IP curriculum evolves with student interest and new technologies

Walk by Professor Lloyd Weinreb’s copyright lecture, and you might hear the songs of Rolling Stone Mick Jagger, former Beatle George Harrison or even pop singer Michael Bolton blaring from the classroom.

No, they aren’t favorite tunes from Weinreb’s record collection; he much prefers classical composers or Rodgers and Hammerstein show tunes.

But each of these musicians was involved in a prominent copyright infringement suit, and Weinreb plays their songs as he discusses their cases. On another day, Weinreb might display the insignia of the National Football League’s Baltimore Ravens, the subject of another copyright dispute.

Such multimedia presentations were certainly not the norm when Weinreb ’62 took Copyright with Benjamin Kaplan at Harvard Law 42 years ago. But much has changed in the intervening decades in how students learn about intellectual property here.

Whereas Kaplan’s two-hours-per-week copyright law class was the only intellectual property course offering then, students today can fill whole semesters with the school’s nine IP-related offerings, including recent interdisciplinary additions such as cyberlaw and biotechnology law. Just this fall, the school received a $3 million gift to establish its first professorship in patent law.

“The demand for intellectual property has been immense,” says Weinreb. “The whole world is interested in intellectual property right now.”

Outside of class, students with an interest in IP can do research or enroll in a clinical at the Berkman Center for Internet & Society. Or they might write articles for the student-run Harvard Journal of Law & Technology or help organize conferences for the Harvard Committee on Sports & Entertainment Law.

Though the Internet bubble burst years ago, those offerings keep attracting more students. One explanation: Harvard Law’s current student body is stacked with Internet startup survivors who brought their interest in technology with them. But student interest in IP extends far beyond those Silicon Valley expatriates. To see why the same issues are relevant to the average HLS student, look no further than Weinreb’s copyright class this past spring that met three times each week in Pound Hall.

The first sound a visitor hears is the constant tapping of keys–nearly all of the students in the room are typing their notes on a laptop. And, thanks to schoolwide wireless Internet access installed this academic year at the direction of Dean Elena Kagan ’86, the World Wide Web is just a click away at every seat. That innovation is of little interest to Weinreb, a self-described “semi-Luddite,” who didn’t even have a computer in his office until 2001. Even today, he says, he doesn’t know how to do much besides e-mail and hasn’t ever looked at file-swapping programs like Napster.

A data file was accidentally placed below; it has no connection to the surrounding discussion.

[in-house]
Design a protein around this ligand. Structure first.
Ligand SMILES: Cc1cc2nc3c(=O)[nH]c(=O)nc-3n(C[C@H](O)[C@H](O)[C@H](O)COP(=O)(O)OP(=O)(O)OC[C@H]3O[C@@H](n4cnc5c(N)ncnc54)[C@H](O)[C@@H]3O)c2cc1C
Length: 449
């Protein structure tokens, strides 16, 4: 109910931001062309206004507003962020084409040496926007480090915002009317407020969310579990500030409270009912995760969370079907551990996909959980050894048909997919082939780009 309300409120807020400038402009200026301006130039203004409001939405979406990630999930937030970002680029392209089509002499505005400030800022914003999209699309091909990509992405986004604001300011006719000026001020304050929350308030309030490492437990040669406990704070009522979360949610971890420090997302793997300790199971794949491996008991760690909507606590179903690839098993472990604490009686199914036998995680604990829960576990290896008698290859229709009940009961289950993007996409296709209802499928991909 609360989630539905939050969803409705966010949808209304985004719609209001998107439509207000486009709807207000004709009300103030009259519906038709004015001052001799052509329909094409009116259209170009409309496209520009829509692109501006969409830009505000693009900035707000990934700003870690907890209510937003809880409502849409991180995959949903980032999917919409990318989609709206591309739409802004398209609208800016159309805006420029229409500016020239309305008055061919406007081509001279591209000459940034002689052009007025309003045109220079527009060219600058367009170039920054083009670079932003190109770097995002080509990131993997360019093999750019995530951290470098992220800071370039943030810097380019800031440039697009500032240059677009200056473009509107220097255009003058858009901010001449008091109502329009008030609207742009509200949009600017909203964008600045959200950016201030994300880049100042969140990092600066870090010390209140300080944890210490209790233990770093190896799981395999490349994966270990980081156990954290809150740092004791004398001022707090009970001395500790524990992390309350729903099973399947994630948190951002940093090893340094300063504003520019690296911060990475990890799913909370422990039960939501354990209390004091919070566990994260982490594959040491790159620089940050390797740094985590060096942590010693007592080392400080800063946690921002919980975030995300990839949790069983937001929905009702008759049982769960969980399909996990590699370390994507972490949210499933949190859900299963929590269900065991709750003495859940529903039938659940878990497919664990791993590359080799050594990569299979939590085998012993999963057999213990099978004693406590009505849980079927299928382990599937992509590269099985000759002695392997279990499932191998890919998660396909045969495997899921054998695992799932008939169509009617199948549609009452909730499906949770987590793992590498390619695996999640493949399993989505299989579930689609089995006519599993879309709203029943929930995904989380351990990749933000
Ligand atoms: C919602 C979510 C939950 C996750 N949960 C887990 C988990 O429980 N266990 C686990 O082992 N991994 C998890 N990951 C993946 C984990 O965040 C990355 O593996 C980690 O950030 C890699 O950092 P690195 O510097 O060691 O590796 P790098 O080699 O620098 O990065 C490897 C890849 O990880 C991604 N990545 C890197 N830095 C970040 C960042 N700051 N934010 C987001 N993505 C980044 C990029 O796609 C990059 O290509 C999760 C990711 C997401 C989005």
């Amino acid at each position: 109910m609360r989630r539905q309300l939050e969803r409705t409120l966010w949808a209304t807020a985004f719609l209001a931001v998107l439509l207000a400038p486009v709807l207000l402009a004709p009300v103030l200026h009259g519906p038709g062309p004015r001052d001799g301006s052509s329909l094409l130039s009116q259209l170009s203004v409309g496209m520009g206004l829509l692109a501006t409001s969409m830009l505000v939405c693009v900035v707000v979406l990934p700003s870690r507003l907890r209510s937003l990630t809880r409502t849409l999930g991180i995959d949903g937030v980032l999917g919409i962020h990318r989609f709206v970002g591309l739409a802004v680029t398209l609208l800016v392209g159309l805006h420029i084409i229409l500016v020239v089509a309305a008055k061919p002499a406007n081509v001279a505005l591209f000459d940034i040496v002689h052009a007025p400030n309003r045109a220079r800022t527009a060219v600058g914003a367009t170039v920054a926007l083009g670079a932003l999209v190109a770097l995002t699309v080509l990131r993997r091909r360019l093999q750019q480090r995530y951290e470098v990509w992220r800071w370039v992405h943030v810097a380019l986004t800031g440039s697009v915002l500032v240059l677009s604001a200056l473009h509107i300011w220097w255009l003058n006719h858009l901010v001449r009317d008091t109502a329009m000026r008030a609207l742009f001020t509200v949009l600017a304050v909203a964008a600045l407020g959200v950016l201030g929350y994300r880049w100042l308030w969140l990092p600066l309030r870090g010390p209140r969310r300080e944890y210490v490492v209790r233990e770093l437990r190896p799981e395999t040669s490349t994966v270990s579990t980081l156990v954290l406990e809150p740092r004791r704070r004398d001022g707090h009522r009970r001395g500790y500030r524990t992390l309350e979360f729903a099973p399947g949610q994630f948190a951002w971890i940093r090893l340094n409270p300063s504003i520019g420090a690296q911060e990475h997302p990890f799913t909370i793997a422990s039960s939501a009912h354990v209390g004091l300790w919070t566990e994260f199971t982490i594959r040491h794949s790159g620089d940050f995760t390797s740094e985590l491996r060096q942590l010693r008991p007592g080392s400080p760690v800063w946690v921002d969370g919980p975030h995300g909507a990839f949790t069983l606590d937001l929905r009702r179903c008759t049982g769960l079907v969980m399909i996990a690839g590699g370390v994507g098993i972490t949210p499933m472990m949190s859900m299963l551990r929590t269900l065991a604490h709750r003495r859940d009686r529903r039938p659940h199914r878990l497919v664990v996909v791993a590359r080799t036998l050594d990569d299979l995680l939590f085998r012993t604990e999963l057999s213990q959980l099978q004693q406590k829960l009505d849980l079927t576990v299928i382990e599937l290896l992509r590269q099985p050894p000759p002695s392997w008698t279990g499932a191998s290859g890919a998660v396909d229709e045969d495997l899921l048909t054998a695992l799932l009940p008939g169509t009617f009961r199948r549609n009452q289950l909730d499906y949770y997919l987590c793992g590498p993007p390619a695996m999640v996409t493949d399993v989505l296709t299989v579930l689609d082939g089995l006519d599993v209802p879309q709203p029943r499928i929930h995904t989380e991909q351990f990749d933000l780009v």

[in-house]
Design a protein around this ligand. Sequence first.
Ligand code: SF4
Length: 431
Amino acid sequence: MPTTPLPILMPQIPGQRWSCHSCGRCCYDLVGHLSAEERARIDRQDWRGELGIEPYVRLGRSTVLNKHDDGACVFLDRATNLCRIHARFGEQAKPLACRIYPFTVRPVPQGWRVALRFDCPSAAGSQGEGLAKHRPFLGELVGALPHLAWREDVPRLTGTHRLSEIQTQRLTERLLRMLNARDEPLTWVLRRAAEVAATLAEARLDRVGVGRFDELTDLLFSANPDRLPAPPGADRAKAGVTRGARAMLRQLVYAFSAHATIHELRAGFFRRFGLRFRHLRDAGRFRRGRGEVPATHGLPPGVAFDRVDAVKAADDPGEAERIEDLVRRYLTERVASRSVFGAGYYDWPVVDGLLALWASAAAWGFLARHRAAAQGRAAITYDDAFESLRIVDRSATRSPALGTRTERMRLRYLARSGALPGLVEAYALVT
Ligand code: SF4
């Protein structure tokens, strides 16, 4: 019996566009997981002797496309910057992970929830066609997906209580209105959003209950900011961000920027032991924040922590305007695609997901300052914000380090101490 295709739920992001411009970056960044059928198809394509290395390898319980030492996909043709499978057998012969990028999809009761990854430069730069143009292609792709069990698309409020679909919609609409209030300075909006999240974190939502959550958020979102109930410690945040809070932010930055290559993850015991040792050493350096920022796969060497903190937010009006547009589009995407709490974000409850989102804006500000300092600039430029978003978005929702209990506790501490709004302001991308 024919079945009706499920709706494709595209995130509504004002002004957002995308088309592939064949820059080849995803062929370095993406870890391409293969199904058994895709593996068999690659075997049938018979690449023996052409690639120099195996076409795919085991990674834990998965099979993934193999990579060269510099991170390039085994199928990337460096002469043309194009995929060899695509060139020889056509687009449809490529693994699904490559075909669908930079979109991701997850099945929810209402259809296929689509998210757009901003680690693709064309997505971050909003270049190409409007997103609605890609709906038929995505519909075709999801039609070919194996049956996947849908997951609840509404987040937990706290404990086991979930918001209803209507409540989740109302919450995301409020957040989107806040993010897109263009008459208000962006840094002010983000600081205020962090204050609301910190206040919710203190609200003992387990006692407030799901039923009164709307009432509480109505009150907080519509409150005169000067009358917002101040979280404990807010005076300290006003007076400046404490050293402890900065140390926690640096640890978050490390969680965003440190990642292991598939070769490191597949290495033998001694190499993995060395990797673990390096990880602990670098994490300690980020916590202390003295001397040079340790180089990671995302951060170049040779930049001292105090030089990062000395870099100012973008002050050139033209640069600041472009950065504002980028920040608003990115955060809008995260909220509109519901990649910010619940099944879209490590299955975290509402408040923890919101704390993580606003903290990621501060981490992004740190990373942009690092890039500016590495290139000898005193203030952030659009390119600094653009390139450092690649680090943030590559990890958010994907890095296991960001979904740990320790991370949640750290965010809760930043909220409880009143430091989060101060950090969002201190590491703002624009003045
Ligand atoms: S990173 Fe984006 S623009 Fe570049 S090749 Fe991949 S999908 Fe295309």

Still, in the 16 years since he started teaching copyright, Weinreb’s approach has evolved along with new technologies. In today’s lecture, he is wrapping up the copyright portion of his class with a lecture on the fair-use doctrine before starting a half-semester overview of patent law and trademarks.

At the same time, Professor William Fisher III ’82, co-director of the Berkman Center, is leading a class discussion in his patent law course while standing before a PowerPoint presentation. Yet the class discussion topic is considerably less high-tech: a hypothetical salt-injected fishing lure designed to catch bass.

He presses one student to discuss whether the inventor should get a patent and what the appropriate field of art should be. During his second IP class of the day, later that night, Fisher takes a back seat to his students in a seminar on current trends in cyberlaw.

Eating takeout Thai food around a table in the attic of Austin Hall, Fisher and his 15 students talk with visiting UCLA law school Professor Jerry Kang ’93 about who should own rights to private information on the Web. Kang asks them to consider, if personal data like online buying habits is considered property, whether it’s best controlled by individuals, by companies or in some form of mutual control.

In some classes, such as cyberlaw or biotechnology law, IP may be only a part of a broader interdisciplinary course. The biotechnology class is co-taught by Professor Charles Nesson ’63 and two practitioners, including Boston biotech attorney Bruce Leicher.

Leicher says he tried to impress upon the 36 students in the class how central a role intellectual property rights play in biotechnology innovation. “Until you have intellectual property, you have no research and development to sell,” explains Leicher, who currently serves as vice president and chief counsel at a biotech firm.

In one class, students split into teams and negotiated a hypothetical agreement between a university and a biotech firm to obtain rights to a critical protein for a pharmaceutical development.

“I’ve learned a lot from these classes,” says 3L Chris Carnaval, who took the biotechnology course last fall. He’s also enrolled in other IP courses, including Copyright and Internet & Society, and worked both summers during law school at IP law firms. One summer associate project: defending a suit against the Washington Redskins National Football League team trademark, which plaintiffs argued disparaged Native Americans. “I wish the law school offered more classes like this,” he says. “I’d definitely take as many as I could.”